Jobs should grow in spirituality-related endeavors such as life coaching and yoga instruction, and in anything related to the environment, from ecotourism to fuel-cell research. However, I predict that after a big run-up in spending in 2008, subsequent spending to stop global warming will be lower than has elsewhere been predicted. Hundreds of scientists, including Richard Lindzen, MIT’s Alfred Sloan Professor of Atmospheric Sciences, are skeptical that global warming is worth fighting: citing studies, for example, that the average global temperature has risen only 0.8 degrees Celsius since 1880 and that global warming has stopped since 2000 despite the fact that the amount of C02 in the air has been increasing. A new (Dec. 20, 2007) report by the U.S. Senate Committee on the Environment and Public Works reported “over 400 prominent scientists from more than two dozen countries recently voiced significant objections to major aspects of the so-called "-‘consensus’ on man-made global warming.” Spending on global warming will also slow because, while it was easy to embrace the concept of stopping global warming, when the public starts to realize its financial and quality-of-life costs weighed against the uncertain benefits and the other uses to which the money could be spent, companies, governments, and individuals will start to cut back their climate-change spending. After all, 20 years ago, the environmentalists were insisting that acid rain would end life as we know it…until they admitted they were wrong. In the 1970s, cover stories in Time and Newsweek warned of impending doom because of global cooling.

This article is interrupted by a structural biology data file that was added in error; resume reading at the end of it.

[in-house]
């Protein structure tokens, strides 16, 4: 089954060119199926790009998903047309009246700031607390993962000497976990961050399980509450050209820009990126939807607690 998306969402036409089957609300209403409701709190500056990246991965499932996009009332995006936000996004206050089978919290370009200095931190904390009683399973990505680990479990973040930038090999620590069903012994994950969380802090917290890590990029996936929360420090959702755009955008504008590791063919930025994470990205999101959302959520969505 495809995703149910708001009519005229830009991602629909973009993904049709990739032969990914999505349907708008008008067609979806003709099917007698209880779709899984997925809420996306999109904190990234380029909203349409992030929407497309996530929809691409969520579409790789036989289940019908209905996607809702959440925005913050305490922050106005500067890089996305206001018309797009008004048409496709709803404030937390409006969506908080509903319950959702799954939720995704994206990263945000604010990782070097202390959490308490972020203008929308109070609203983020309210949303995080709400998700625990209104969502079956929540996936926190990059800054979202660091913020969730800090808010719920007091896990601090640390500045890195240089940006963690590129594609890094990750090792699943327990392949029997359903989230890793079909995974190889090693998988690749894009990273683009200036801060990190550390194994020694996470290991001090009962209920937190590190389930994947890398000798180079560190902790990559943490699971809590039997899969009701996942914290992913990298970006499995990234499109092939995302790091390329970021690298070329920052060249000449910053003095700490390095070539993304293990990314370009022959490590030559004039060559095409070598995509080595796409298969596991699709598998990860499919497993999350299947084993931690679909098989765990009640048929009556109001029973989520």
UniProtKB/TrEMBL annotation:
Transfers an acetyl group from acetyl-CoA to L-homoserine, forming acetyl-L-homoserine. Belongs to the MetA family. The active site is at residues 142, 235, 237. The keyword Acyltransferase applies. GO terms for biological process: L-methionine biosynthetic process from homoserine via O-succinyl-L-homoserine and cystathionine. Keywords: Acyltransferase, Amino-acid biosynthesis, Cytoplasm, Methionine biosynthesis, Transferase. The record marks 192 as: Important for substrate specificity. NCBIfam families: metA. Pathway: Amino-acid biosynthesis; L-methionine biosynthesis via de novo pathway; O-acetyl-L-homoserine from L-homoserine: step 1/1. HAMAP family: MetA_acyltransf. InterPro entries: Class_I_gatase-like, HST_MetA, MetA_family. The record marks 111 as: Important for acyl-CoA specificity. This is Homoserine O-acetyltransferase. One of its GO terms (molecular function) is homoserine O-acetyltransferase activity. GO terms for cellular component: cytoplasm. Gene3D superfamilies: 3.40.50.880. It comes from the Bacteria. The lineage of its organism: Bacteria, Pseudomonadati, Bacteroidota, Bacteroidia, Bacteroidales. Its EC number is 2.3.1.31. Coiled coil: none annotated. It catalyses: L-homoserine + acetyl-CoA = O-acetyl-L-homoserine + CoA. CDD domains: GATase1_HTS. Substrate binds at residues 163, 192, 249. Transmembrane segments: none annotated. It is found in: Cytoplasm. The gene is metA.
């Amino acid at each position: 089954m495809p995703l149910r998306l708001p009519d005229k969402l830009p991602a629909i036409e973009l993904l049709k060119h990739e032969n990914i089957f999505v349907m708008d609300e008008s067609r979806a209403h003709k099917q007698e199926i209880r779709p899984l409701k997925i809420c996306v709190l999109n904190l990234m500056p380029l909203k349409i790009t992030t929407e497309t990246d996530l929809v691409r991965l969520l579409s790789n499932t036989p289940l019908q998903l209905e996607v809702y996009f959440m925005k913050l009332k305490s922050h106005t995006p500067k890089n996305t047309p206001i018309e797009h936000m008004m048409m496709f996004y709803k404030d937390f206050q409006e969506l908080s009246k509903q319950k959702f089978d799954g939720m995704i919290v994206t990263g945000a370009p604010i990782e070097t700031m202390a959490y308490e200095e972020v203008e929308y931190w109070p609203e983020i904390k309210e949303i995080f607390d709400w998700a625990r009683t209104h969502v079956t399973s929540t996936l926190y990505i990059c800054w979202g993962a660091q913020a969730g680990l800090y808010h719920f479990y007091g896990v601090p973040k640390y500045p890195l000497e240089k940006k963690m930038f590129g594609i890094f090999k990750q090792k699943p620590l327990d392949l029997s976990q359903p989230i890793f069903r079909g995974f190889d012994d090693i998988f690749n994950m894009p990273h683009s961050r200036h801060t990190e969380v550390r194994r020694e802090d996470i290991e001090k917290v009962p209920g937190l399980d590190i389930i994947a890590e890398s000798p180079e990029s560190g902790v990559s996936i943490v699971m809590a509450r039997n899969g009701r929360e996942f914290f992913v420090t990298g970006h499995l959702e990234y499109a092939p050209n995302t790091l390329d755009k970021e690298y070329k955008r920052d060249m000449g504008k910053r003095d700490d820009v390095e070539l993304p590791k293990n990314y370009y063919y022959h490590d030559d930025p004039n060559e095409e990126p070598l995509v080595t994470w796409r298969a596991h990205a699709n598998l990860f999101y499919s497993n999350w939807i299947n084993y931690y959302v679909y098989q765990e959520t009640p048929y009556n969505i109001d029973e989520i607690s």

From Corporate-Driven to Government and Media-Driven.